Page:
Thursday, September 21, 2017


The Redeemer (Harry Hole, #6)The Redeemer by Jo Nesbø
My rating: 4 of 5 stars

”And for one vulnerable moment Harry felt nothing but sympathy. Not the sympathy he could feel for the victim or for the next of kin, but for the person who for one heartrending moment sees his own pathetic humanity.”

Harry Hole has looked in the mirror many times and seen the stark pitiful vision of his own existence. His own human frailty too real to bear, but there is always a new case to keep him from drowning in despair.

Something smells fishy in the ranks of the Salvation Army in Oslo, Norway, and it isn’t just the odor coming from the investigating officer’s tennis shoes.

”’You should get yourself a couple of new insoles for the sneakers you’ve got in there,’ she said, pointing.

He eyed her in astonishment.

‘You don’t have to be Jean-Baptiste Grenouille to recognize the smell,’ she added.

‘Patrick Suskind,’ he said. ‘Perfume.’

‘A policeman who reads,’ she said.

‘A Salvation Army soldier who reads about murder,’ he said. ‘Which leads us back to the reason for my being here, I’m afraid.’”

An attractive woman in a snappy, Salvation Army uniform who references the main character of the cult classic Perfume would turn the head of any man of discerning taste, but for a lonely man like Harry Hole, it is like seeing an unexpected blue haze of water in the middle of the Sahara desert. He is intrigued, maybe even a bit besotted. I’d chastise Harry because he is in love with another woman and barely hanging onto a few months of sobriety, but I was right there with him, wanting to keep this woman talking to see what other interesting literary allusions might fall from her pretty lips.


And so young.

Harry has a new boss who keeps a cast on his desk of the pinky finger of a fanatical, Japanese officer from WW2 who cut off his finger when his superior did not allow him to counterattack.

The pinky says it all.

This is going to be a difficult working relationship.

Harry has a lack of social survivability skills. He says what he means without a filter. He pushes things to the breaking point when he should let it go. He likes being alone, or so he says, but really he is just still searching for the person who will complete him. The person who will make him want to stay sober. He sees things and makes connections that others do not make. He is the best detective in the department, and if he weren’t, he’d have already been bounced out of the department, and we would be reading about Harry the Truck Driver or Harry the Bouncer.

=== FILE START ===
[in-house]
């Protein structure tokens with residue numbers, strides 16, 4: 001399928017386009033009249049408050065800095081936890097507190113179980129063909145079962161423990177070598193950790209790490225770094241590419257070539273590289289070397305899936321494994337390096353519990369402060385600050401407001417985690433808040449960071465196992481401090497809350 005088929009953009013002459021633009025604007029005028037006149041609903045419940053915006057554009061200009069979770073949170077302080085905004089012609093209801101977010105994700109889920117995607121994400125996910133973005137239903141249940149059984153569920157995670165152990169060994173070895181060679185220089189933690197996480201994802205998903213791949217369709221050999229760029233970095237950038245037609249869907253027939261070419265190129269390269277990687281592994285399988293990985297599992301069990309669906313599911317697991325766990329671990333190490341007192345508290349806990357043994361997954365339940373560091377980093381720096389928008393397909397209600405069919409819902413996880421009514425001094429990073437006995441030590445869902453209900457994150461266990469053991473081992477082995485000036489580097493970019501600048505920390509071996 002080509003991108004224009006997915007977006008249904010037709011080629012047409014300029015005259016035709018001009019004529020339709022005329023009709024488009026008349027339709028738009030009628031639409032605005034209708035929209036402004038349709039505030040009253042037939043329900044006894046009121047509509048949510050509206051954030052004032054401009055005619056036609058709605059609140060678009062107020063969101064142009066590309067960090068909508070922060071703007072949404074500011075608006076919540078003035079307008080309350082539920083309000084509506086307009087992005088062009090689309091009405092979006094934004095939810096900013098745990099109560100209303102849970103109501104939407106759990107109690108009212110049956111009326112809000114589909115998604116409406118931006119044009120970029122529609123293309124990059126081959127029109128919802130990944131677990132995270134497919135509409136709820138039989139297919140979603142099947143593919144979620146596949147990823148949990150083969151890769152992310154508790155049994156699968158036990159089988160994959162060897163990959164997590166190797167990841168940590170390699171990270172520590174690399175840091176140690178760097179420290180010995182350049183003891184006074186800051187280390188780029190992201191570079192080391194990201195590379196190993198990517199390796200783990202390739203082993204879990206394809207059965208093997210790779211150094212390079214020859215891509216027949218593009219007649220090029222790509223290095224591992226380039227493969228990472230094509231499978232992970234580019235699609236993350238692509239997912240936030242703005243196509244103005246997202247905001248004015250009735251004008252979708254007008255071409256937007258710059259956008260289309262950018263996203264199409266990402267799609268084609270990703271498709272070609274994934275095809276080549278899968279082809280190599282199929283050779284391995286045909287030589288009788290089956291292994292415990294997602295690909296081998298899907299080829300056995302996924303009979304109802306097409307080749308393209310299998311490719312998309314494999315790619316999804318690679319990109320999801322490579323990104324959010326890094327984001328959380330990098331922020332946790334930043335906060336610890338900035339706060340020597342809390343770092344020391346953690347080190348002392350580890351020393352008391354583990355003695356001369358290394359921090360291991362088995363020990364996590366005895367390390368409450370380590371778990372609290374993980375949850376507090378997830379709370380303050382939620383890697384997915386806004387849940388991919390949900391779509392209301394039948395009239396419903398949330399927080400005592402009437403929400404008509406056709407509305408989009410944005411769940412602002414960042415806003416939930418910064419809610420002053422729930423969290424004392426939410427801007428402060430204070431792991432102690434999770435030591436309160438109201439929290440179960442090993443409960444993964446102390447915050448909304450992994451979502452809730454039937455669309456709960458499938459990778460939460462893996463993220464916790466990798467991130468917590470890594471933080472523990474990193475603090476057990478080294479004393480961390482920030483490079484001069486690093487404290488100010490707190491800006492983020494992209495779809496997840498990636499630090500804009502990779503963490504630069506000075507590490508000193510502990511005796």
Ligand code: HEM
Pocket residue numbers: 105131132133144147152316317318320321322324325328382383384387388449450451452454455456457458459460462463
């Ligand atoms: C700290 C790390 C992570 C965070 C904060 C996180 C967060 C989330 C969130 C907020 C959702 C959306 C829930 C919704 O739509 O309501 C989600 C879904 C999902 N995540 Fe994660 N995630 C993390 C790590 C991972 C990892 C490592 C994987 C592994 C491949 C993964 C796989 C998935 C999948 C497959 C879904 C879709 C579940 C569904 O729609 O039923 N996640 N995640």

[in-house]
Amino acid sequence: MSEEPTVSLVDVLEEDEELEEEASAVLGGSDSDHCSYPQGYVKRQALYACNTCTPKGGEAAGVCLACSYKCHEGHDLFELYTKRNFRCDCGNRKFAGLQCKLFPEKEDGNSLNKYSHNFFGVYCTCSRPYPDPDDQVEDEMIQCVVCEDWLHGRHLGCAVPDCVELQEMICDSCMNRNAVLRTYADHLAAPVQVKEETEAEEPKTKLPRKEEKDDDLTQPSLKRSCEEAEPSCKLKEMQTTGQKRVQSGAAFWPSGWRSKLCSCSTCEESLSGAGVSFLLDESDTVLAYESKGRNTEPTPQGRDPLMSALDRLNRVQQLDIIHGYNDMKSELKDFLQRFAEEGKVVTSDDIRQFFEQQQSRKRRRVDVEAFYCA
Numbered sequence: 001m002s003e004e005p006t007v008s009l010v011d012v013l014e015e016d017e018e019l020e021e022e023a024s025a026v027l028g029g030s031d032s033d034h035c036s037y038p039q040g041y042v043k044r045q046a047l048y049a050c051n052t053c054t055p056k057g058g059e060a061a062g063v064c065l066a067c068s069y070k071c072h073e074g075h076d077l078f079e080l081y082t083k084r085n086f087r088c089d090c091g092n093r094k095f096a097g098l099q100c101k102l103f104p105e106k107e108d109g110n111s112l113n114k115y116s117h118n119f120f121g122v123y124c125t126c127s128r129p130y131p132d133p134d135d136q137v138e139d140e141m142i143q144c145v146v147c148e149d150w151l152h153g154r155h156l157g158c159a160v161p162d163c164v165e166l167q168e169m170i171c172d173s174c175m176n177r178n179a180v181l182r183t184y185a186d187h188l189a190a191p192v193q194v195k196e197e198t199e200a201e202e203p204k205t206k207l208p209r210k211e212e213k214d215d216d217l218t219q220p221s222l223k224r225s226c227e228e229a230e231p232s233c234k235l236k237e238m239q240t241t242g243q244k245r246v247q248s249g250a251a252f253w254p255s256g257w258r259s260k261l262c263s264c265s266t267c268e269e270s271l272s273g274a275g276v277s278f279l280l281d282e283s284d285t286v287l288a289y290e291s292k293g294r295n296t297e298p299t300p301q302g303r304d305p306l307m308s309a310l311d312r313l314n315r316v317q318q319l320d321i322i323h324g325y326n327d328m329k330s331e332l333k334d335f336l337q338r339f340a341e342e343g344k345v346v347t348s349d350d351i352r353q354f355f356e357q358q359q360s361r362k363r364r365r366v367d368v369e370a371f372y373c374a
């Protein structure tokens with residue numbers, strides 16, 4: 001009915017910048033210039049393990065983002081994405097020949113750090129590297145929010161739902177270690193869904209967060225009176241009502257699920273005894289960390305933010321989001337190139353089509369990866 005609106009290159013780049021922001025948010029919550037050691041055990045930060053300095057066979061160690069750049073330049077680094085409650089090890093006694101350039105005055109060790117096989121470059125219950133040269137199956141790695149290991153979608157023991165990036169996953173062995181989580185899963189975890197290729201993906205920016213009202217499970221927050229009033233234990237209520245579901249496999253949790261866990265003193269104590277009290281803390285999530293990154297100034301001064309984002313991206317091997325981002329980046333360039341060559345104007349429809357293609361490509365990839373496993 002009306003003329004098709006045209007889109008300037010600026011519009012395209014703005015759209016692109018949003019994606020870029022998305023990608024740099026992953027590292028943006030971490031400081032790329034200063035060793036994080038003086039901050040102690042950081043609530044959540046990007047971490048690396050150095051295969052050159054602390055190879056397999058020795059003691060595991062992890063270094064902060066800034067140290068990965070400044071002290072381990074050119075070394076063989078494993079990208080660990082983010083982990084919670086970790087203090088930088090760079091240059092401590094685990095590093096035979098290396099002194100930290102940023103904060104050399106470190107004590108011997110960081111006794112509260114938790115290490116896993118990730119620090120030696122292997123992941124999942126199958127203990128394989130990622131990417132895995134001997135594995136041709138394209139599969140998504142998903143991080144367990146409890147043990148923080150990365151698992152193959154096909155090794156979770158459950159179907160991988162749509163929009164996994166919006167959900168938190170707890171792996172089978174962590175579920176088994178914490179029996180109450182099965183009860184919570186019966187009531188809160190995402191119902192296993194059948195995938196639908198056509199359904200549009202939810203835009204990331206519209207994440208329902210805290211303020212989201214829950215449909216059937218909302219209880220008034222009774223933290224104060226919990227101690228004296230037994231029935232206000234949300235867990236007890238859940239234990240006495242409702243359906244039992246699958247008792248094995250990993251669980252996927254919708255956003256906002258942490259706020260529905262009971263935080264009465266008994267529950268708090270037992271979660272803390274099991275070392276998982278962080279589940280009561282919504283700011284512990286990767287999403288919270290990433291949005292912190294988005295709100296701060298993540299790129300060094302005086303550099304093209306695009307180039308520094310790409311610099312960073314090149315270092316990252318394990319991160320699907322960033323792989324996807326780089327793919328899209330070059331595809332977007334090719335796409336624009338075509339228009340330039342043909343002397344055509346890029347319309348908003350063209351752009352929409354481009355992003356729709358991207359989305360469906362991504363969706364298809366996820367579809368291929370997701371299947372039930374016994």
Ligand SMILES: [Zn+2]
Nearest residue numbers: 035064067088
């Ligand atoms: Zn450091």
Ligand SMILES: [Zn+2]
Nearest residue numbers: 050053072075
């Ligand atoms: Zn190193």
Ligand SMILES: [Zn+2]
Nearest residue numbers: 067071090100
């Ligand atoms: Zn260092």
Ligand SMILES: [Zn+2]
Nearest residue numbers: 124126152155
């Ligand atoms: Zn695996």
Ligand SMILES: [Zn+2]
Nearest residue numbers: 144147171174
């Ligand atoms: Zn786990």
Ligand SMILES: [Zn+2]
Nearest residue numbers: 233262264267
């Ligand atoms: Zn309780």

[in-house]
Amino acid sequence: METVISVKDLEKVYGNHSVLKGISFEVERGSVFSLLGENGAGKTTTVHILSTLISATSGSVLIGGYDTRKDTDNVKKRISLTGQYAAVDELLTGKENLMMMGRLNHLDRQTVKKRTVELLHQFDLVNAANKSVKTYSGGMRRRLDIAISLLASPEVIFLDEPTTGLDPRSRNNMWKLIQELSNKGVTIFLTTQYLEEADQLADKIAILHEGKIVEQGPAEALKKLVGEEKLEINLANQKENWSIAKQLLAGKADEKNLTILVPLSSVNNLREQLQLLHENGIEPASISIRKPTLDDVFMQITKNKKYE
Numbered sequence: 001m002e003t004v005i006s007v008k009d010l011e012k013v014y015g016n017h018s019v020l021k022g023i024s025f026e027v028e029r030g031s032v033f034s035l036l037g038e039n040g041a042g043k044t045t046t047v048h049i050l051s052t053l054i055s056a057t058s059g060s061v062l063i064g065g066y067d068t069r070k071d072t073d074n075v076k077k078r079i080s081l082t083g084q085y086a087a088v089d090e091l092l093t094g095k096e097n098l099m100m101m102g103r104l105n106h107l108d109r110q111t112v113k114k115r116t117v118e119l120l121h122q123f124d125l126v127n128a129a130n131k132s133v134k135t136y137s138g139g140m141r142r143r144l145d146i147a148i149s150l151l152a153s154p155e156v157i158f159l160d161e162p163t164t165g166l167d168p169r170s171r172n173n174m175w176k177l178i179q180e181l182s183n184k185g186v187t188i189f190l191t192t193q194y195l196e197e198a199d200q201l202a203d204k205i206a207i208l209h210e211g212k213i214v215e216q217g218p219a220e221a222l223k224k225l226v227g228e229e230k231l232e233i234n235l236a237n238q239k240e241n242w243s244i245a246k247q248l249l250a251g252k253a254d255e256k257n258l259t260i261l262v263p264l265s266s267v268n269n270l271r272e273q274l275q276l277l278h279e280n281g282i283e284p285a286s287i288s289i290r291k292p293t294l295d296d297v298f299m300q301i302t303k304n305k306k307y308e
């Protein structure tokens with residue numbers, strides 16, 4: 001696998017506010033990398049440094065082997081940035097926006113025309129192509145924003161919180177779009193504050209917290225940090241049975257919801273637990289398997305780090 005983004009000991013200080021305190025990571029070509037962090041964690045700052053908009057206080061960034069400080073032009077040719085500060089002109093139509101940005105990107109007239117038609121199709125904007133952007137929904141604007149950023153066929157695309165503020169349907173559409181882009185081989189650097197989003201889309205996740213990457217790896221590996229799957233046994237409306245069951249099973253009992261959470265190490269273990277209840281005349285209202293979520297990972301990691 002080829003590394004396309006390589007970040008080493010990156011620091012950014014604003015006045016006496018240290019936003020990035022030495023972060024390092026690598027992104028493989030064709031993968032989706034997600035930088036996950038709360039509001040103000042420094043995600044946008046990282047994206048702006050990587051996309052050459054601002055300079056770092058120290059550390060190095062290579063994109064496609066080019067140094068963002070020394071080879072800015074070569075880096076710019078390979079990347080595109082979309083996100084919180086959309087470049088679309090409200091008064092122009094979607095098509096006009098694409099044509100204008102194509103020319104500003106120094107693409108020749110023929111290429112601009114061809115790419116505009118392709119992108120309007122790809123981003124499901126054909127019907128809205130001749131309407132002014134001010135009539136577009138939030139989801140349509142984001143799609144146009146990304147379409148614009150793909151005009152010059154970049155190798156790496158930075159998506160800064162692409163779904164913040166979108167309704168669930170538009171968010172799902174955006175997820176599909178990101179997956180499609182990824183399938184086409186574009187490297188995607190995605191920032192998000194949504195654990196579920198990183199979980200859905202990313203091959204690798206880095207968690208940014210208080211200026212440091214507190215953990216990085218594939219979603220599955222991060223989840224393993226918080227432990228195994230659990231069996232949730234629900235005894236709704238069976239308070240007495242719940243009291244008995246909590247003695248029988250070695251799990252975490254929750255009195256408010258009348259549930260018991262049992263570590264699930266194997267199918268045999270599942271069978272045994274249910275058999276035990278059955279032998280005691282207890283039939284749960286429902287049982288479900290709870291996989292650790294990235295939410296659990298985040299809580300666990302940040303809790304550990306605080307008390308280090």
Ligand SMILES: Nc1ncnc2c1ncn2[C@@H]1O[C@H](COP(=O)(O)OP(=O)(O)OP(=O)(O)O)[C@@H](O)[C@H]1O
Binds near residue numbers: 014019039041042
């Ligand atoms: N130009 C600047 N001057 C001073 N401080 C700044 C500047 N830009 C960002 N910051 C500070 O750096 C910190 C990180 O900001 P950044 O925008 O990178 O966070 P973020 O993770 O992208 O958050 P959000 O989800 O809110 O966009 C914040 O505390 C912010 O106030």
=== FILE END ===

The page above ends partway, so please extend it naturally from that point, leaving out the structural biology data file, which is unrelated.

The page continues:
He has caught an interesting case involving the very public, very professional shooting of a mid-level officer in the Salvation Army. Who would want to kill someone in God’s army?

Harry soon finds himself in a desperate chase that has him running through the streets of Oslo, trying to catch up with the killer who is called The Little Redeemer. The case has him meeting with the mother of a Serbian, resistance fighter to trade a life for a life. He finds himself searching through empty, shipping containers on the docks and is nearly eaten by a rare, but vicious Metzner guard dog. There are junkies who know seemingly insignificant pieces of the plot. The twists and turns of the changing truth would leave most investigators’ minds corkscrewed into a babbling mess of incoherent suppositions. Harry’s mind just continues to refine what he knows, sets aside what is confusing, until finally the facts become incontestable.

And the new partner assigned to Harry learns very quickly to just let him work and not to try to keep up with the jumps in logic. Sometimes, Harry leaps Grand Canyons. Who wants to flail and fall through the long darkness to only find Harry’s painful grin waiting for you at the bottom so he can elucidate for you who and why? Drive him where he wants driven. Do what he asks and enjoy the front row view of not only the reveal of the killer, but also of the mastermind behind it all.

Oh, and Tom Waaler, from The Devil’s Star, the series entry before this one, is a phantom continuing to lurk on the edges of every Harry inspired success. Some things are just never put to bed.

As always Jo Nesbo delivers an exciting thriller that scratches that Nordic Noir itch I get at least once a month. Next for me is Snowman to be properly prepared to watch Michael Fassbender metamorphose into Harry Hole in the movie release on October 20th, 2017.

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The Witch of the Sands

The Witch of the Sands (The Hounds of the North, #1)The Witch of the Sands by Peter Fugazzotto
My rating: 4 of 5 stars

Shield Scyldmund and his men The Hounds for two decades were the warlock and witch hunters for the Dhurman Empire, but now they've been reduced to bounty hunters. The Hounds yearn to return North while Shield continues to honor his vow to rid the world of dark magic users. Shield gets his chance as once more the empire calls on The Hounds to hunt a witch.

The Witch of the Sands was a surprisingly solid short story. The description seemed solid and I'm glad I gave it a chance. There is nothing particularly special about the story yet it had its own personal touches. For instance warlocks and witches in this world use words of power to conjure their magic. These words can be taken and from time to time The Hounds have been asked to assist the empire in acquiring the words of power.

The characters didn't get enough page time to establish themselves. The story is told from Shield's point of view and he's the standard aging war leader, full of regrets while making hard decisions. The author did throw some interesting visuals such as Hawk who fights with a giant sword, Patch who lost an eye, and Night who blends into the shadows thanks to a warlock's cloak.

The Witch of the Sands was a strong start to The Hounds of the North series.

3.5 out of 5 stars

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